From a strategic standpoint, the United States must do a better job of encouraging more of its youth to enter the engineering field. Engineering simply isn't as popular a discipline in the U.S. today as it was just 20 years ago. Some students pursue careers other than engineering because they consider them to be more glamorous. Because American students aren't as focused on engineering as their counterparts in Europe and Asia, an increasing number of engineering jobs are moving overseas. If the trend of the past 10 years continues over the next five years, the U.S. will lose its position of technical leadership in the world. America's high standard of living, brought about by technological innovation, will cede to Europe and Asia.
The lack of growth in our engineering schools, the result of tepid demand, is symptomatic of the problem. The solution starts with parents. They need to encourage the pursuit of science instead of taking a laissez-faire approach to their children's education. Future jobs will require a science background, a fact that both parents and children need to understand. Hopefully, the technological advances of the past three or four years will wake them up. If they want to preserve America's present standard of living, they will have to fight for it.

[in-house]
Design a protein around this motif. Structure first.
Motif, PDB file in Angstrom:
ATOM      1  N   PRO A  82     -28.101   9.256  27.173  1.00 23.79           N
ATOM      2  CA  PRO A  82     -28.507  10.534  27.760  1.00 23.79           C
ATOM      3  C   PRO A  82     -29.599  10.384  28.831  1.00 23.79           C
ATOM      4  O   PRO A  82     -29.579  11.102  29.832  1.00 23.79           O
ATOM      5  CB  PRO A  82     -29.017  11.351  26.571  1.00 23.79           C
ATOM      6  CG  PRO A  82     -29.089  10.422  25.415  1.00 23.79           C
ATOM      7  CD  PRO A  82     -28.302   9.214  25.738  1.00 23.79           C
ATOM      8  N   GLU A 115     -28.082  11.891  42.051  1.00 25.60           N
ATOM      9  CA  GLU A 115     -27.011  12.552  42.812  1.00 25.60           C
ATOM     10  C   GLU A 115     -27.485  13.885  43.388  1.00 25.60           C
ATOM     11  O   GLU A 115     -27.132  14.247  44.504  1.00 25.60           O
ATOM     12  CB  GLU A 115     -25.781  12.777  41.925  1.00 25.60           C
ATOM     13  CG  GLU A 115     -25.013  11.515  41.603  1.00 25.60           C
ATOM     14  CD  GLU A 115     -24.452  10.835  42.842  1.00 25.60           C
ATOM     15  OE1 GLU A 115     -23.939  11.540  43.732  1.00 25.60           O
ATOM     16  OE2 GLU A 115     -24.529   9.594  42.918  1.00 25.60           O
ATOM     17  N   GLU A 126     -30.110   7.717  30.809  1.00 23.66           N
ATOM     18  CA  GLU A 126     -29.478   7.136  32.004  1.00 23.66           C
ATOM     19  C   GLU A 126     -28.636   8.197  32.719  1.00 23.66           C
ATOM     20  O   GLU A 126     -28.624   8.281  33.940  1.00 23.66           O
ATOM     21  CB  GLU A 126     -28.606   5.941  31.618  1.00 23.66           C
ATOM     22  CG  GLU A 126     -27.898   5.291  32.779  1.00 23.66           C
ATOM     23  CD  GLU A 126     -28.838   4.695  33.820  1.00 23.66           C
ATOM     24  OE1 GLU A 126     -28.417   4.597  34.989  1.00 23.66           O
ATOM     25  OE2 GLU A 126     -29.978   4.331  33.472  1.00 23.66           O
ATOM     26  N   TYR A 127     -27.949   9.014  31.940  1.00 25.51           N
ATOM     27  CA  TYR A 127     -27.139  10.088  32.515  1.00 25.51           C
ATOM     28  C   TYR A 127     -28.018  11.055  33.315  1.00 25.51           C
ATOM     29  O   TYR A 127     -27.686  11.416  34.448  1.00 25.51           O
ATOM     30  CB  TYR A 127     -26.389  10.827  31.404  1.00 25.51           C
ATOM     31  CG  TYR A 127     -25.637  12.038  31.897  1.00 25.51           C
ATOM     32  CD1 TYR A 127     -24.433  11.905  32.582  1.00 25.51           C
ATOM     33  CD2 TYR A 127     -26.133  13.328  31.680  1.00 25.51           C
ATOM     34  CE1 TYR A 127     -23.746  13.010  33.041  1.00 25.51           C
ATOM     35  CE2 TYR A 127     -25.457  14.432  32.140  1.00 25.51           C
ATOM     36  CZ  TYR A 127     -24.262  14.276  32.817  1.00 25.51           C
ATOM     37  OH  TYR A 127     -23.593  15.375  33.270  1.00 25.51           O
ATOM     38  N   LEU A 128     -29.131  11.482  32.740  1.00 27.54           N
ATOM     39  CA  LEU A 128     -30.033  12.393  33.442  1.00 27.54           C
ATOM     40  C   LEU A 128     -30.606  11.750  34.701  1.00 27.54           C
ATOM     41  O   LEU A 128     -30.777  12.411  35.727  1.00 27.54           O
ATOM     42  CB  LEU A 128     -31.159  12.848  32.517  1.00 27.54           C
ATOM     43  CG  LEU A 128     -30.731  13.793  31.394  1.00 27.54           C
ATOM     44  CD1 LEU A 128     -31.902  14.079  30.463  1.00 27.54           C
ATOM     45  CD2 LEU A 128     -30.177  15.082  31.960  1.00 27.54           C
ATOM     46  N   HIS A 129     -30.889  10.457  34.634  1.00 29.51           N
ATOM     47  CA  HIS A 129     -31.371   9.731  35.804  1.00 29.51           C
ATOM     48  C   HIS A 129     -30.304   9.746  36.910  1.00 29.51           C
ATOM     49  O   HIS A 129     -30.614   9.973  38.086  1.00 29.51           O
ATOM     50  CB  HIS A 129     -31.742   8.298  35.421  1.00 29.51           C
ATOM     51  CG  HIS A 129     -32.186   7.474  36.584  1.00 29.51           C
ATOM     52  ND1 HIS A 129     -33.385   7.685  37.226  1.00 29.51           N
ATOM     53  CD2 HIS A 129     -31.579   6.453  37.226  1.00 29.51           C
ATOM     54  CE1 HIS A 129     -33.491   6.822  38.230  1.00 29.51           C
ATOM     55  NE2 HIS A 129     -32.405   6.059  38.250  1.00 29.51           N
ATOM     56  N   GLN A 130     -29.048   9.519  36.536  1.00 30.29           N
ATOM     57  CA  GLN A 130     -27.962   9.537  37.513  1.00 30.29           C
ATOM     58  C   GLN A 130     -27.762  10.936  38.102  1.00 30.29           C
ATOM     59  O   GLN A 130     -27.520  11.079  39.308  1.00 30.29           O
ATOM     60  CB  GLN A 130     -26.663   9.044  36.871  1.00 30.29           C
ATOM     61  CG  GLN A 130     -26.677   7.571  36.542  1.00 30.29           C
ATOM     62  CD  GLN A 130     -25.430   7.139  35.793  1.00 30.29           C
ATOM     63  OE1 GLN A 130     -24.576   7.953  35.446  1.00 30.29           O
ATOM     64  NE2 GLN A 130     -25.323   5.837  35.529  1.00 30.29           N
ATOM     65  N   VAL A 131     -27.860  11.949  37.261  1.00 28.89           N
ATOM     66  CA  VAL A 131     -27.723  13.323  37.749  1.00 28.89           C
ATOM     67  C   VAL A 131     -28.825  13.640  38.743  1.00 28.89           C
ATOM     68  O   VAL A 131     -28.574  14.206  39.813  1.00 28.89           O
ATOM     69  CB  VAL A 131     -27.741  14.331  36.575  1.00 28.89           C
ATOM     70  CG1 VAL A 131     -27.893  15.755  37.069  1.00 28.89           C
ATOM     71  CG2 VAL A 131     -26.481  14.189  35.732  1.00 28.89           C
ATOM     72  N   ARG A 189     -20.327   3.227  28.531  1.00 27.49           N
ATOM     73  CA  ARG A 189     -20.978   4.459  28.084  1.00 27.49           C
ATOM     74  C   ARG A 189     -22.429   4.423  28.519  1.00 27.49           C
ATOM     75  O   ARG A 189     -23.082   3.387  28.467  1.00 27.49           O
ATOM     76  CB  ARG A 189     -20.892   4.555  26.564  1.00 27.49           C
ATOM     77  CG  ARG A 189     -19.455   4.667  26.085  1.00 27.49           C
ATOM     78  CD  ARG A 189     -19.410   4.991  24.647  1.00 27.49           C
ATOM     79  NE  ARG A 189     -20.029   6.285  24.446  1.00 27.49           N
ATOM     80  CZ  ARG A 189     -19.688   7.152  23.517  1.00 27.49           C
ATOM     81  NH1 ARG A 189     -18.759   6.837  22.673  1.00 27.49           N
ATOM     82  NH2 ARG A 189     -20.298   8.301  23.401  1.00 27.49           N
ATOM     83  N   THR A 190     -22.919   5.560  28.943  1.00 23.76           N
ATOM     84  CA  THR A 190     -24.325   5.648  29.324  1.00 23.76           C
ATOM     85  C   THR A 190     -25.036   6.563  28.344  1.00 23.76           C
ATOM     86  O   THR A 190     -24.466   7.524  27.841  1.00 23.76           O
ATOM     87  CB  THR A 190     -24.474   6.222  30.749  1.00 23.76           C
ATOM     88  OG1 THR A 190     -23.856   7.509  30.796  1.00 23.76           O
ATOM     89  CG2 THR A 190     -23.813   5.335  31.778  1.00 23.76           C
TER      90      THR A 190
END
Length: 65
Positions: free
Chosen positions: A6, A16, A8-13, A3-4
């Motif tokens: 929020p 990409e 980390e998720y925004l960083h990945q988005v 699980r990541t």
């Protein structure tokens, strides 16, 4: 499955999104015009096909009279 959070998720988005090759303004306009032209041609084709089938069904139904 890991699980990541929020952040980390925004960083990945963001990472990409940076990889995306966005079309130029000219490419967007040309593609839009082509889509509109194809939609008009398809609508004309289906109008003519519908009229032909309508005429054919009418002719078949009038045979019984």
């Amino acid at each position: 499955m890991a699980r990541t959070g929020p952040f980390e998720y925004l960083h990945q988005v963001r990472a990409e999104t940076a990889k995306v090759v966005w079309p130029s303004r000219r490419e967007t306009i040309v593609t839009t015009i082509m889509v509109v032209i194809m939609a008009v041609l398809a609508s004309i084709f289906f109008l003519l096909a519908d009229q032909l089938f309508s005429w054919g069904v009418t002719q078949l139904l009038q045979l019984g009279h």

We need more efforts like the University of California Hall of Science Lower Education Program and the East Palo Alto Education and Tennis Foundation. These organizations work to improve the quality of math and English education in local underprivileged schools. Many high-tech companies also are fostering engineering. For example, Maxim has placed 200 high school and college-entry-level students in summer jobs to expose them to the real world. It's wonderful to watch their reactions as they begin to consider becoming a chemist or an engineer. This really should be the parents' job, though.
To me, learning engineering isn't as difficult as learning a foreign language. Students with above-average intelligence can become engineers. Interest level and perseverance are the most important qualities. Quite honestly, I struggled through school. All it takes to become an engineer is an ordinary person with good character who is aggressive and goal-oriented and wants to get ahead.